From Publishers Weekly
Lengel, editor in chief of the Washington Papers project and author of General George Washington: A Military Life, contributes a worthy addition to the plentiful scholarship of George Washington, if for no other reason than his naysayer approach to that very scholarship; Lengel wants to set the record straight, and he takes on the "cheats and phonies in addition to the well-meaning storytellers who have capitalized on the American public's insatiable and ever-changing demand for information about" Washington. It's time to forget the cherry tree mythologies of our schoolbooks. Besides dismissing that tale (and the tellers who perpetrated it) outright, Lengel explores the surprisingly seedy underbelly of Washington biographers. For instance, one of the men who hopped on the George Washington myth-making bandwagon was no less than showman P.T. Barnum. Lengel's account of Barnum acquiring (for $1000) and then parading elderly African-American Joice Heth around the East Coast as "the 161-year-old slave mammy" to George Washington is equally disturbing and gripping; put on display 14 hours a day for a paying public, Heth soon died, and Barnum held a public autopsy-charging 50 cents a head. Lengel's end-of-book rant, when he tries to settle a score with filmmakers making a project for the Washington estate is a rare misstep in an otherwise fascinating, dryly humorous book.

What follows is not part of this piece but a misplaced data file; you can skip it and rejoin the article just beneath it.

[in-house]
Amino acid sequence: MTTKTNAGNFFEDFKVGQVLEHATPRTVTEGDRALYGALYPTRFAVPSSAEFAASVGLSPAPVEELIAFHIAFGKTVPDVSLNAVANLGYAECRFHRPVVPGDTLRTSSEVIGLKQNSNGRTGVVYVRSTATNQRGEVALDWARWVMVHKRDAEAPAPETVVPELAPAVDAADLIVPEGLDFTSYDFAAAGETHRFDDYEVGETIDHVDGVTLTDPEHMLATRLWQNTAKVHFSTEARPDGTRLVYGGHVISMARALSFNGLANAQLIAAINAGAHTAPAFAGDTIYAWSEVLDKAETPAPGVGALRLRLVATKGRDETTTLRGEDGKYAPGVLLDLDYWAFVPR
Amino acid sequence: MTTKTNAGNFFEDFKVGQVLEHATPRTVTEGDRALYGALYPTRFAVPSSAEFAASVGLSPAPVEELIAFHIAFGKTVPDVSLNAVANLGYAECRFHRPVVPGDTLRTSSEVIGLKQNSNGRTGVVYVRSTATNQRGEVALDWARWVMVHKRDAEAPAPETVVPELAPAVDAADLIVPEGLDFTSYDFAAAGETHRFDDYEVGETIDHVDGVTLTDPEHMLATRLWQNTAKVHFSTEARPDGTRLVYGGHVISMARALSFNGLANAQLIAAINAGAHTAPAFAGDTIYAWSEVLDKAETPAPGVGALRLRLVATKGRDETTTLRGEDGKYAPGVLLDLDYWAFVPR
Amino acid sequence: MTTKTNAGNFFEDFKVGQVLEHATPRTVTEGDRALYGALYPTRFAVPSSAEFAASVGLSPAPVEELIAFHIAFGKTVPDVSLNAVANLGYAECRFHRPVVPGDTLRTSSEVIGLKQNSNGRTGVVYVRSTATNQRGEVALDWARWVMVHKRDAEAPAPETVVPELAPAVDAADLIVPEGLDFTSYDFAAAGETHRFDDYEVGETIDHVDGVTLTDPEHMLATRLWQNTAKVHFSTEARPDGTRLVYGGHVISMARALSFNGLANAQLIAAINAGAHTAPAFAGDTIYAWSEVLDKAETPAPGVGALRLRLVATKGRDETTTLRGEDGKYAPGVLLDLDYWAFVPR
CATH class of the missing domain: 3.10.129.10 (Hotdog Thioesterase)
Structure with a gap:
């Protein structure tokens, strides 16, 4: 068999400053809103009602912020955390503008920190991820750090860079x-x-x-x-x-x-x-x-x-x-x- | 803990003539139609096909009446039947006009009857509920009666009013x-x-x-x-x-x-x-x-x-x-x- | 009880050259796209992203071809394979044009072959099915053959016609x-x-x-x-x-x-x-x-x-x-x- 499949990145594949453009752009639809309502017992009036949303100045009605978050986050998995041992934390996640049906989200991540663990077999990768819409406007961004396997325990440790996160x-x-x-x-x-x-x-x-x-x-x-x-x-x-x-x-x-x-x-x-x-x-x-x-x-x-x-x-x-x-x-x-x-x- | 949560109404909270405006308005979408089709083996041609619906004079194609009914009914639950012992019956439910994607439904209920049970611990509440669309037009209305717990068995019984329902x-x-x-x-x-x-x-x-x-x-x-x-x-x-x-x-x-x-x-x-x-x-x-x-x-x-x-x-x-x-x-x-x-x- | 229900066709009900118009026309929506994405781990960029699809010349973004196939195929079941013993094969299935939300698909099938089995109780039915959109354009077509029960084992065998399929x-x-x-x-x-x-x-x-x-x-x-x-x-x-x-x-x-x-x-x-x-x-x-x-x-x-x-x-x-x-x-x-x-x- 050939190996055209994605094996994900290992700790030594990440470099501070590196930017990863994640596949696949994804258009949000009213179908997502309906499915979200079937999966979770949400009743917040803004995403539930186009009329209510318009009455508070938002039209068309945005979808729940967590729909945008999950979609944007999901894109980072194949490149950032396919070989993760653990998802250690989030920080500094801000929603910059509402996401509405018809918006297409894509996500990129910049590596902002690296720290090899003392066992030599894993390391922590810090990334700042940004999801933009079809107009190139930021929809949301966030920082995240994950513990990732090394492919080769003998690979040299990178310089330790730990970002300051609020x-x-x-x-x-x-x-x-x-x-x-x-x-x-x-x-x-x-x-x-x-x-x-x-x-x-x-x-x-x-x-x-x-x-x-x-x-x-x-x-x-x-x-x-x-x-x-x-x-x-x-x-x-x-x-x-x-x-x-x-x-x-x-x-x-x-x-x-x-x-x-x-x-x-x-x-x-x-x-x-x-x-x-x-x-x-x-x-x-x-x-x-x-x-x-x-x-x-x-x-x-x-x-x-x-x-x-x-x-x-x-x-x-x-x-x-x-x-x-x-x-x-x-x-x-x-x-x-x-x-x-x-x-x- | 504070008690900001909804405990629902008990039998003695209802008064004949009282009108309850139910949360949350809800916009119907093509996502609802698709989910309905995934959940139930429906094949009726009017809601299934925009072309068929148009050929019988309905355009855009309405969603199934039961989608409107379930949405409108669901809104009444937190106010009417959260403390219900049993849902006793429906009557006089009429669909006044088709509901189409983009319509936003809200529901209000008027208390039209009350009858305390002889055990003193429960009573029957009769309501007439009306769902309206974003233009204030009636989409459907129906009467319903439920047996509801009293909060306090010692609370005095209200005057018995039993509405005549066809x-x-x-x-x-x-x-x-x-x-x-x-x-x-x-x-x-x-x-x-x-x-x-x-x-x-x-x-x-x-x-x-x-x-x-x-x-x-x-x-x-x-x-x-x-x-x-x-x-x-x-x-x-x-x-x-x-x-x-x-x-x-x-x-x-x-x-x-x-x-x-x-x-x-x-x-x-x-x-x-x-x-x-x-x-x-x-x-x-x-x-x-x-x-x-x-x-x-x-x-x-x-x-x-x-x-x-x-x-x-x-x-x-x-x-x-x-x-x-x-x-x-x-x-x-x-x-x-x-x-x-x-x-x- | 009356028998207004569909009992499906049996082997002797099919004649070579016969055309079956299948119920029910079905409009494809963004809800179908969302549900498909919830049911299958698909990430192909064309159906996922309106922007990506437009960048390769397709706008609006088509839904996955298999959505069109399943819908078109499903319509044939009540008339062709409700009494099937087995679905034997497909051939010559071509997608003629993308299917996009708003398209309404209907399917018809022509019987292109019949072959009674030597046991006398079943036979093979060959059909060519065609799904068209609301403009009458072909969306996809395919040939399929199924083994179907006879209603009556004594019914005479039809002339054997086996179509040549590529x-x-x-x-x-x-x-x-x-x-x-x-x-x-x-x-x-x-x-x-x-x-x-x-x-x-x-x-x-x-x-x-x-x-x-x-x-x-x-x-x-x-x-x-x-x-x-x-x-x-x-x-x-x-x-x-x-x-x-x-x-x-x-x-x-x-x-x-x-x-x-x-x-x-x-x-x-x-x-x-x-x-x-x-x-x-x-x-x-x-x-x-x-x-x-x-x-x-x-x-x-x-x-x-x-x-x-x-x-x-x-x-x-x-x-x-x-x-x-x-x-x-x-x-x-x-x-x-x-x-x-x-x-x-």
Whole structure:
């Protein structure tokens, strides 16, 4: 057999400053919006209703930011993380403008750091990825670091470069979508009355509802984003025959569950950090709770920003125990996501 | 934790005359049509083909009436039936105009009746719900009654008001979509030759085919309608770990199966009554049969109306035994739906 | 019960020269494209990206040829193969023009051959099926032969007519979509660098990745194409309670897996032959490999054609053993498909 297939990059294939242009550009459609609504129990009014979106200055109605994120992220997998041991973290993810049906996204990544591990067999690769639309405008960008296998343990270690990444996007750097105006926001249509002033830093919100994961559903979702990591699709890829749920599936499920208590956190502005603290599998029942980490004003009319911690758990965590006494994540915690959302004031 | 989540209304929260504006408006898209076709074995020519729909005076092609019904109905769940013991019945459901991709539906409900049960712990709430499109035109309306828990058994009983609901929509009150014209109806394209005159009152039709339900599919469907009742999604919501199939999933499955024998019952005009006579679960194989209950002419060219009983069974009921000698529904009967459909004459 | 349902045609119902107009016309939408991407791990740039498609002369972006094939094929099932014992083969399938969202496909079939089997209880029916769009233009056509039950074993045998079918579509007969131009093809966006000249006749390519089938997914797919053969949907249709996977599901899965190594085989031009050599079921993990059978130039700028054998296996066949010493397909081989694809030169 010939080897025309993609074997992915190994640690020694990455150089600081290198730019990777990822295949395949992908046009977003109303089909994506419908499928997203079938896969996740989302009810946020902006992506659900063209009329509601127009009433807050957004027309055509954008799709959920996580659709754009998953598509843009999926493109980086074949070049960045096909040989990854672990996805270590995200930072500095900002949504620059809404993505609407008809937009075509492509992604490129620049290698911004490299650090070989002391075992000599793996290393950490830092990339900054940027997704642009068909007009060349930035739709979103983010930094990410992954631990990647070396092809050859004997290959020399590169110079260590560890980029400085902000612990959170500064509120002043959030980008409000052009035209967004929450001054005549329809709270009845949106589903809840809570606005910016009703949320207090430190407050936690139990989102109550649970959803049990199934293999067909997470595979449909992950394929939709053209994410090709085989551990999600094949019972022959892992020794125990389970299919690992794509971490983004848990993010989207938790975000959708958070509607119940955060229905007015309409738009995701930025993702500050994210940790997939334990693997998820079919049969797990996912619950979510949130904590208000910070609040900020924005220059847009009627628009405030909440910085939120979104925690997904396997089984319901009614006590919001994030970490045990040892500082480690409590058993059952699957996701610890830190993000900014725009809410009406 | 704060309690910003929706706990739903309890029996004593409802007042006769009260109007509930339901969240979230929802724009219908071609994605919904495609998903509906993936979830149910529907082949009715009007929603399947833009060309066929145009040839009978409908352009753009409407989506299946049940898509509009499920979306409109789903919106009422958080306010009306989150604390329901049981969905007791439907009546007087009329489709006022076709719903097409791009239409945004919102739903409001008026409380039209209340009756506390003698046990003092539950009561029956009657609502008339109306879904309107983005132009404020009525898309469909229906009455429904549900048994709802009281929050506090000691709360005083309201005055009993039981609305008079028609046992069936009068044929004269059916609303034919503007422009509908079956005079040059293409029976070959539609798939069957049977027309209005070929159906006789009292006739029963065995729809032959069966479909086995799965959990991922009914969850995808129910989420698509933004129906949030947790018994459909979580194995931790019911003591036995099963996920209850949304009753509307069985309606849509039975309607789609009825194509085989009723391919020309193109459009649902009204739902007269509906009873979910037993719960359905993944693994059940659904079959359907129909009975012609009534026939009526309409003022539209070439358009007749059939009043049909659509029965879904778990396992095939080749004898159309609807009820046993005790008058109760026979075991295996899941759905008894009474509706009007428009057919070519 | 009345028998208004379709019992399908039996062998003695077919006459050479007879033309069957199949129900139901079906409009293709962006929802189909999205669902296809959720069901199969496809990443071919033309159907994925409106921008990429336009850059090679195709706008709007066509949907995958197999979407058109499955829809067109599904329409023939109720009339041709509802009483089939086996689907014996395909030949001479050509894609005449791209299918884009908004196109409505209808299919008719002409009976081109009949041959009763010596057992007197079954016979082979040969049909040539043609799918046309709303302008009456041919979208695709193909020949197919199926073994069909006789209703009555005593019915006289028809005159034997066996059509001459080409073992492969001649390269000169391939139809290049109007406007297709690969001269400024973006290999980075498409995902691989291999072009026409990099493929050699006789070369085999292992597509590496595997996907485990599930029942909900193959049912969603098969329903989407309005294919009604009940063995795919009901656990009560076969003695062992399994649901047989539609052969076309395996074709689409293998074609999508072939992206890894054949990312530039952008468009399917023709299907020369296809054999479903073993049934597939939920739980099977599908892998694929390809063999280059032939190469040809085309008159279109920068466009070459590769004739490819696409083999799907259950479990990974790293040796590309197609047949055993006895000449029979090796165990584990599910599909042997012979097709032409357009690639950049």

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Lengel’s survey of falsehoods told or believed about George Washington inspects biographies, manuscripts, paintings, and films that skirt verisimilitude in the quest for popularity. Hardly humorless rebukes to mythmaking panderers to the hoi polloi, Lengel’s wry critiques of specific works connect stories and facts of dubious provenance with a generation’s propensity to believe them. His attentiveness to evolving markets for information about Washington readily explains why Parson Weems’ cherry-tree story became a phenomenally popular tutorial in Washington’s virtues, how mid-nineteenth-century confections about young George’s romances answered to the feminine book-buying demographic, that a forger’s productions from the same period still deceive unwary manuscript dealers, and how yearning for a Christian Washington inspired fabrications of his religious life that contemporary public figures still cite. The persistence of fabrications despite twentieth-century debunking still infects even careful biographies, such as, Lengel admits, his own General George Washington (2005). As the latest life, Ron Chernow’s Washington (2010), undergoes myth-searching scrutiny, its likely success paves the way for Lengel’s entertaining commiseration with posterity’s imagined George Washington. --Gilbert Taylor